• You can sew in on with a machine, but I don't recommend it. I like the detailed look of the blanket stitch.
One more Star Wars themed post, something for the budding space pilot.

Linking {HERE}

I'm also attempting to enter this:

maybe it'll give me more 'posting' motivation...
Pin It

Wednesday, August 10, 2011

Motivational Yoda Plaque

The Hubs and I are rather big Star Wars fans (my inner-nerd loves to come out occasionally).

So big, in fact, we dressed up as the whole Skywalker clan for Halloween last year. Hubs was Anakin (pre-Darth Vader), I was Amidala (Clone Wars pre-carefully placed rips), and the kids were Luke and Leia.
Yes, we're training our kids to enjoy the certain galaxy far far away. They may or may not be able to hum the theme. They can.

A couple days before Father's Day (I know, a little late on the posting about it, Amber!), I had a BRILLIANT (easy and inexpensive) idea for a gift.

This has got to be one of Yoda's most famous lines. We quote it all the time to each other when we say 'I'll try.'

Gather It:
  • 6x12 wooden plaque (I got mine at Michaels)
  • Grey Acrylic paint
  • Key Lime & Black Vinyl (or similar colors in paint--- got my vinyl at Expressions Vinyl)
  • Silhouette, Cricut or Exacto Knife
  • Small L brackets
  • Glue or 3M stickers
Create It:
  1. Paint the plaque. I did a couple coats and I left a little wood showing because I wanted it to look a little rundown, like Yoda.
  2. Cut the vinyl. I used my Silhouette and the font SF Distant Galaxy. For the Yoda image, I found a pumpkin stencil, imported it into my software and traced it to get our favorite green Jedi Master. I'll email you the doc, if you have a Silhouette and want to make your own.
  3. If you don't have a Silhouette, I email you the stencil to cut out with your exacto knife... win win. Print the stencil and then trace it onto your vinyl and carefully cut the pieces out.
  4. Take all of the negative vinyl out and use some transfer paper (glorified masking tape--- you didn't hear that from me) to 'transfer' the vinyl to the board. I applied Yoda first and then the words on top of him.
  5. In order to get it to stand, secure the L-Brackets on the back bottom corners with 3M tape or glue.

Voila! Your local Star Wars fan will now of daily force inspiration. Hubs took his to work and it's displayed where everyone can see it when they walk in. (Personal victory because He LIKED it!)

Linking up {HERE}
Pin It

Tuesday, August 2, 2011

Take the Money & Run

A new reality game show premieres tonight on ABC at 9/8c. The premise is pretty cool. The contestants have an hour to hide $100,000. After the hour is up, they get arrested and it's up to another team, made up of law enforcements officers, to find it in the following 48 hours. If the law finds it, they keep it; if not, the hiders get the cash.

Working with the law team are two professional interrogators, the only series regulars, and one of them is my Father-in-law. Here's a clip of him at work:

It's really surreal for us, especially my husband. Imagine seeing your step-dad (or Dad or Grandpa) on a reality show and then you might understand how he feels. We've never had a chance to see him in Detective mode. The kids even get excited when they see Grandpa on a commercial. It'll be fun too see him in action.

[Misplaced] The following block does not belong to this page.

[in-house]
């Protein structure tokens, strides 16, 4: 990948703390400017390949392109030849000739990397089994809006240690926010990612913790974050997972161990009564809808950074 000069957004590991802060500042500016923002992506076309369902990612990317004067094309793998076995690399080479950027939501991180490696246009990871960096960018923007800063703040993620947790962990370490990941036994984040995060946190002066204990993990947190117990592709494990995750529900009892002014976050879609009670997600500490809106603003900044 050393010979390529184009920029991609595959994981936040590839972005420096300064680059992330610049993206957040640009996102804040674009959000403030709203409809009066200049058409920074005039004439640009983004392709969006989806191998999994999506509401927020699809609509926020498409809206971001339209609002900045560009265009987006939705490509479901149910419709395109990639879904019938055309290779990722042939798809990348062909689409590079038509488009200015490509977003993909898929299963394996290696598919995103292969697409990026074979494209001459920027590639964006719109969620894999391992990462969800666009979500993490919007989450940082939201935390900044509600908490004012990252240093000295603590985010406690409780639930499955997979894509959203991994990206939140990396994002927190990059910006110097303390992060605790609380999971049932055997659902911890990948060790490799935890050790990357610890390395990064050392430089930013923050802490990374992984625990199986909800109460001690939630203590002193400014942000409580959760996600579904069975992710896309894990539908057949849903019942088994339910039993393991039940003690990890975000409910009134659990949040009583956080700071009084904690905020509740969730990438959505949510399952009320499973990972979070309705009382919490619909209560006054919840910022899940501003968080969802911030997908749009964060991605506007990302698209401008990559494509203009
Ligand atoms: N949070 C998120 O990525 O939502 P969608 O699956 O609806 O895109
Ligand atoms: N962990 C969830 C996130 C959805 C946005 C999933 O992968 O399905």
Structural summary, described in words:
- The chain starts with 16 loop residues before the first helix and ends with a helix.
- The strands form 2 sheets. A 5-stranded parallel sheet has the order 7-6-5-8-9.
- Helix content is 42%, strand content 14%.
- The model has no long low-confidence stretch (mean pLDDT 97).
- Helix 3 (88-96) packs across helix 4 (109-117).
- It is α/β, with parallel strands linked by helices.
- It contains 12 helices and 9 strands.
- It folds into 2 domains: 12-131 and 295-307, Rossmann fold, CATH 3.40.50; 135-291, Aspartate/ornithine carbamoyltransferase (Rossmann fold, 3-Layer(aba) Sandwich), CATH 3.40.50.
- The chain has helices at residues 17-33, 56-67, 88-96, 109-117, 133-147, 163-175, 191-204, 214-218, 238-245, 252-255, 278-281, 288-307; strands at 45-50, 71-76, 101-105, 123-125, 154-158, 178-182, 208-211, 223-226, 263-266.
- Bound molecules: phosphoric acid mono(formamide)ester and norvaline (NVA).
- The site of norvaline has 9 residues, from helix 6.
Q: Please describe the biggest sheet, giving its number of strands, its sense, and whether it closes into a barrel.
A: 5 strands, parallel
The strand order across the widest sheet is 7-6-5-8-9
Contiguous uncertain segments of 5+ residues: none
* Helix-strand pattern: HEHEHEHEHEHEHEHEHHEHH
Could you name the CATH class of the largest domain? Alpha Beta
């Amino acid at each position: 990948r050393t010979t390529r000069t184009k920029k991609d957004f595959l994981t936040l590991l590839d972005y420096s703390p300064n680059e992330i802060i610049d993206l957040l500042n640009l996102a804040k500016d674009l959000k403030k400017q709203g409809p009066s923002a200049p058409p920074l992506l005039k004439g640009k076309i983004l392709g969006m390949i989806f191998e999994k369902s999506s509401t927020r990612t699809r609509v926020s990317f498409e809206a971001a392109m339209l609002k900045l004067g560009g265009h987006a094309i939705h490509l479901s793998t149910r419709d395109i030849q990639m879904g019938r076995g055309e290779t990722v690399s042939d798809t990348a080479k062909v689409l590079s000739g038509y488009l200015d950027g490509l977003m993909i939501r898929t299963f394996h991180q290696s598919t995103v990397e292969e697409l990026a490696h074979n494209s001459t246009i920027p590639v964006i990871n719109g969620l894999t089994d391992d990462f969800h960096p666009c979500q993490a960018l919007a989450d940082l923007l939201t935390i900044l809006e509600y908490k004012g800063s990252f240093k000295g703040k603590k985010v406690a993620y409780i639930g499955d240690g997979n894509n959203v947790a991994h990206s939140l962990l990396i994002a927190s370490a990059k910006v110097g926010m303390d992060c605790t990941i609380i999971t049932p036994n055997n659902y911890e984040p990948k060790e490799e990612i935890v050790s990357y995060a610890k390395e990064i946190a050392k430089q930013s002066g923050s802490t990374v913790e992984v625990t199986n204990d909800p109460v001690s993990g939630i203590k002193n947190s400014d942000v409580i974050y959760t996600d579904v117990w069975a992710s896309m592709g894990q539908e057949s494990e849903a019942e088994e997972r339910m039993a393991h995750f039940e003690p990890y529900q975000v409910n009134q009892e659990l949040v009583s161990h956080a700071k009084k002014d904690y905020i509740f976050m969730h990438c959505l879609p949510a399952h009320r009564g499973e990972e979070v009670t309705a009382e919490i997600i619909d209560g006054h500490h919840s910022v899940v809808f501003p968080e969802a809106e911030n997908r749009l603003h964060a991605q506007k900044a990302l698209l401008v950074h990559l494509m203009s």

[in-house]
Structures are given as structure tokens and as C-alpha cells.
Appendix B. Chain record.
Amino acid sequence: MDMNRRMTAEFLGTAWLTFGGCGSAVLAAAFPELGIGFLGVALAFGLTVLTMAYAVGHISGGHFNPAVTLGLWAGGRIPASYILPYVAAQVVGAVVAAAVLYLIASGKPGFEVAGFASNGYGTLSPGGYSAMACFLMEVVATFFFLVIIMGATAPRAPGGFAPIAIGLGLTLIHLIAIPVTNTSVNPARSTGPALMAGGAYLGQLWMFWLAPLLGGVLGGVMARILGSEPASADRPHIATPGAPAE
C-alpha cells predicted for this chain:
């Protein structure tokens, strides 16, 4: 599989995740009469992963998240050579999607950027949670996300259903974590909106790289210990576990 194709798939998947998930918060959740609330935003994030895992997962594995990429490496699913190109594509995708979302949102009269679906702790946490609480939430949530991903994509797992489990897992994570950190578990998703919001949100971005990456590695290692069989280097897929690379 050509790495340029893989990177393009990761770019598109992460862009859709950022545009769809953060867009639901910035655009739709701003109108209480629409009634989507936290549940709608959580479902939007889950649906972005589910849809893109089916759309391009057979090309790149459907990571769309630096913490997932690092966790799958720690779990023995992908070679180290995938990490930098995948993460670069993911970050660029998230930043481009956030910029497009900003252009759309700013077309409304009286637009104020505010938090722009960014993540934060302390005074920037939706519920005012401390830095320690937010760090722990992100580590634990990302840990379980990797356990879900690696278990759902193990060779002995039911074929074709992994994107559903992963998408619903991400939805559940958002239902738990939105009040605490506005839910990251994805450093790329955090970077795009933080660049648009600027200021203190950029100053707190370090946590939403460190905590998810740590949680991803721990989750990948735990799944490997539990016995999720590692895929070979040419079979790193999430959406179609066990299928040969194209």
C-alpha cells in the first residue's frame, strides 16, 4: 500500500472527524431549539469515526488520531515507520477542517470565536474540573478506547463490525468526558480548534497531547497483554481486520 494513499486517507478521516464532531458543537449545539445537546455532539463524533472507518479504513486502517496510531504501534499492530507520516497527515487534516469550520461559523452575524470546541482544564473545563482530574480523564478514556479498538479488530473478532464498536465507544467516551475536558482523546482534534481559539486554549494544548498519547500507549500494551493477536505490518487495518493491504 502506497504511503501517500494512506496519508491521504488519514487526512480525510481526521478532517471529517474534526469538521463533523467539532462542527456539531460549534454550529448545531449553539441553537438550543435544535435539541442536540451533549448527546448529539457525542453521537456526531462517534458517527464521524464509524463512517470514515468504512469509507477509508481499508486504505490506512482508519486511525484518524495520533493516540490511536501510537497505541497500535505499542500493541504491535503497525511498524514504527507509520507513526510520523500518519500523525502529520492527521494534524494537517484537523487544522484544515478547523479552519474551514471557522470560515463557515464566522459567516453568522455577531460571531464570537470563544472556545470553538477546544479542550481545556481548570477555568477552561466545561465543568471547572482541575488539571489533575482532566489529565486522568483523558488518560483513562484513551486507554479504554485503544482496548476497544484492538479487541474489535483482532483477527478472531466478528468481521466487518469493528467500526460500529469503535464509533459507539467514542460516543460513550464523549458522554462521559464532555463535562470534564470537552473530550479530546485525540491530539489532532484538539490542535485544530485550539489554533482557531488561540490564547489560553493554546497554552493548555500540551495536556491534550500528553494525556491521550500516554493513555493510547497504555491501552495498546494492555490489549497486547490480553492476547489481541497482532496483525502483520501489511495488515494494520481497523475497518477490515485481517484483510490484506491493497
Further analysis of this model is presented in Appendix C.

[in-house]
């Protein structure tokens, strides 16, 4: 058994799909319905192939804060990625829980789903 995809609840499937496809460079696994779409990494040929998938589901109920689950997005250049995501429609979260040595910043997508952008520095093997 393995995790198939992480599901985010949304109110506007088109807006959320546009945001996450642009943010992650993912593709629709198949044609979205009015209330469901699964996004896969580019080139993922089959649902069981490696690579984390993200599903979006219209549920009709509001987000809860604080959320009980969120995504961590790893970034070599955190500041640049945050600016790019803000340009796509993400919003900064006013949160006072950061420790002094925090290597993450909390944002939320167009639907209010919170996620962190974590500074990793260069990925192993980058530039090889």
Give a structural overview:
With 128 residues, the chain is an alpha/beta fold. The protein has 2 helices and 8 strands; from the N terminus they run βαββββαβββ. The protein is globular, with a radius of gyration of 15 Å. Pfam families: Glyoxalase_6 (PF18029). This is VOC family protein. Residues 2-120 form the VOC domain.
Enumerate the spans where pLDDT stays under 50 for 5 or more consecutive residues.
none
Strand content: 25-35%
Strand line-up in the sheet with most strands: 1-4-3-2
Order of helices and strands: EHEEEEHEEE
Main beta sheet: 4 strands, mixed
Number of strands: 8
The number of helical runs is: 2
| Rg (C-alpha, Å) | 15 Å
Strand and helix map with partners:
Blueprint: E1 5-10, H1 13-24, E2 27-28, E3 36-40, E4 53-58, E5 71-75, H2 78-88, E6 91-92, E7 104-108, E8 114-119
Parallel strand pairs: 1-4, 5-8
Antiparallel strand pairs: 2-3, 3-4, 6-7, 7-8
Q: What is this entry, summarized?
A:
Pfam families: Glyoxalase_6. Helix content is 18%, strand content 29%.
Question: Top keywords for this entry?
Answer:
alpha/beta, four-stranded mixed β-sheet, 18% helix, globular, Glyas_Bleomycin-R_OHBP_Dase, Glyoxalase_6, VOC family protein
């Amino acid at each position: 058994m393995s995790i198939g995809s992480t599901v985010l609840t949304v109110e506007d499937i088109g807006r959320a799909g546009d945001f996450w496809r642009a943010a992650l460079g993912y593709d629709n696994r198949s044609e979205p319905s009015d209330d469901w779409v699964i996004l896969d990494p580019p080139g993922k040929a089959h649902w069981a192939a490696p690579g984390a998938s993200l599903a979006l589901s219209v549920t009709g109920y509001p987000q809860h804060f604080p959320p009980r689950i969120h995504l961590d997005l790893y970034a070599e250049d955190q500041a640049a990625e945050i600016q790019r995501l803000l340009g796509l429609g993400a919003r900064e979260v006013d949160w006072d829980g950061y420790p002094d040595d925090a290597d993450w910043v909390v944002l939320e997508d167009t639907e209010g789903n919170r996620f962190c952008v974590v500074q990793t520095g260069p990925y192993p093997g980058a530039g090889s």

So, if you need a show on tonight while you work on your latest craft, watch Take the Money and Run.

And ask yourself the question, where would you hide the cash?

Saturday, July 9, 2011

Star & Stripes Necklace

Diamond Glaze and I have a love/hate relationship. I LOVE what it creates, yet hate how it doesn't work for me. Every time I'd try to make a cute necklace pendant, the glaze would bubble and... grr... we just don't get along.

I'm slightly determined, so I bought circle pendants on sale a while ago, telling myself I'd try the necklace again. The problem was I could never really pump myself up to trying it again, mostly because I couldn't come up with a cute idea that I absolutely HAD to try.

Until the Fourth of July and it's patriotic beauty came around. I grabbed my pack of pendants and tried again.

This time, it worked.

Stars & Stripes Necklace

Gather It:
  • blank necklace pendant
  • scrapbook paper
  • scissors
  • diamond glaze
  • needle
Create it:
  1. Basically, trace the correctly-sized pendant circle onto the scrapbook paper and cut it out. I thought it would be great to have one Star and one Stripes pendant---hence the name of the necklace. I know, rocket science.
  2. Trim until it fits in the pendant and place it in flat in the pendant. Make sure there is no space between the back of the paper and front of the pendant.
  3. VERY VERY slowly drip the glaze into the pendant, until the pendant is full. Make sure not to get any bubbles because they will dry as bubbles (ask me how I know).
  4. Wait overnight to dry, then string onto chain, ribbon, whatever you want to put around your neck. Enjoy!

Tuesday, July 5, 2011

Patriotic Decor

Happy FIFTH of July! We had a fun neighborhood get together at our house yesterday (and my in-laws came in town for the holiday), so naturally I had to add a little bit more to my Patriotic decor. Here's what I got:

Stars and Stripes Banner

I completely spaced on creating a tutorial for this... if there's enough interest. It's a lot like the {USA Hang}.

Table Runner
Last year, I participated in a {U-Create Create with Me challenge} to make {quilted table runners}. I loved the idea so much that I've made one for almost every holiday. I just need to make St. Pat's next year and my day-to-day one and I'll have a complete set.

Subway art and Dresser Cover

Found the Subway art {HERE}, got the America at Hobby Lobby on sale, and used my extra fabric from the Table runner to make a quick cover. I love the extra color it brings in.

Cutie Tutu

I know she isn't a decoration, but I couldn't resist making her a Patriotic Tutu (since I had tulle leftover from the banner and door hang). Tutus are super simple; elastic sewn just smaller than your subject's waist and lots of loop knots to create the full skirt. I used the tutorial {HERE}. The only thing I did differently was cut the width of the strips in half, so they were 3 inches wide, instead of 6 inches. She LOVES it.